Update: SpaceX has successfully resolved a handful of minor thermal control issues facing the brand new Crew Dragon capsule currently ferrying four astronauts in low Earth orbit (LEO).
As previously noted, shortly after the spacecraft reached orbit, two redundant thermal control system pumps registered pressure spikes, pushing Crew Dragon to use the backup pump. SpaceX was able to resolve that issue, effectively restarting the pumps and confirming healthy operation. Several hours later, the backup pump (“Loop B”) suffered another minor issue but was again returned to healthy operations. Simultaneously, Crew-1 astronauts found themselves stuck at an (admittedly comfortable) cabin temperature of 23C (~73F).
More pressingly, three of four heaters used to warm the propellant fed to Crew Dragon’s small Draco maneuvering and attitude control thrusters were automatically disabled a few hours after liftoff. Essential for most operations in orbit and necessary for Dragon to be allowed to remain docked with the ISS, restoring the functionality of at least one of the three heaters was essential, and SpaceX was thankfully able to restore function to all three by relaxing excessively conservative limits in the spacecraft’s flight software. Thanks to SpaceX’s fast work, Dragon is now in perfect health and ready for two crucial Draco burns at 11:20 am and 12 pm EST (UTC-5) on Monday, November 16th and is still scheduled to arrive at the ISS around 11 pm EST.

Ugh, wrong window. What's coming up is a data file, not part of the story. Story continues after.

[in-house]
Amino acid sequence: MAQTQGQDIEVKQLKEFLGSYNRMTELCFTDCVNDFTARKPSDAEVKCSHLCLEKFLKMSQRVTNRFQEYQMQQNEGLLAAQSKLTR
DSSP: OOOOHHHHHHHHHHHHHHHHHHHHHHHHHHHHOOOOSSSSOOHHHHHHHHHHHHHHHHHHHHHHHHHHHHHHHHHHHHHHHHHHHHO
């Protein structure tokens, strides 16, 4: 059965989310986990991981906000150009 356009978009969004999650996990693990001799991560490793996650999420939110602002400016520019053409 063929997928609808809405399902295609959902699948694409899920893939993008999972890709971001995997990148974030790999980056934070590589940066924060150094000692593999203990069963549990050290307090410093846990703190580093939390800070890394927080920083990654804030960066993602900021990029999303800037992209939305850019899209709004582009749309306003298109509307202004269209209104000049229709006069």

Right on schedule, a SpaceX Falcon 9 rocket has successfully lifted off on the company’s operational NASA astronaut launch debut, sending four crew members on their way to the International Space Station (ISS) in a historic moment for commercial spaceflight.
Days prior, NASA and SpaceX completed a multi-day “flight readiness review (FRR),” the results of which made SpaceX the first private company in human history to be qualified by a national space agency for routine astronaut launches. As is now more or less routine, the SpaceX Falcon 9 rocket assigned to NASA’s Crew-1 mission performed flawlessly over the 12 minutes it was involved in the launch, including nominal booster and upper stage performance, a successful booster landing at sea, and a smooth Dragon deployment from Falcon 9’s expendable second stage.
In a small point of concern, Crew Dragon capsule C207 (colloquially named Dragon Resilience by its crew) appeared to suffer a minor hardware or software fault shortly after orbital insertion, offering the first public glimpse behind the scenes as ground teams coordinated with Dragon’s orbiting astronaut crew to diagnose and fix the issue.
According to information revealed by SpaceX and NASA officials as they interacted with Crew-1 NASA astronauts Mike Hopkins, Victor Glover, Shannon Walker, and Japanese (JAXA) astronaut Soichi Noguchi, Crew Dragon’s fault detection software was tripped sometime after reaching orbit. Both thermal control system (TCS) “loop” pumps – likely referring to pumps used to circulate a liquid-based radiator system to maintain capsule temperature – experienced off-nominal pressure spikes, causing the spacecraft computer to switch to the second pump (“Loop B”).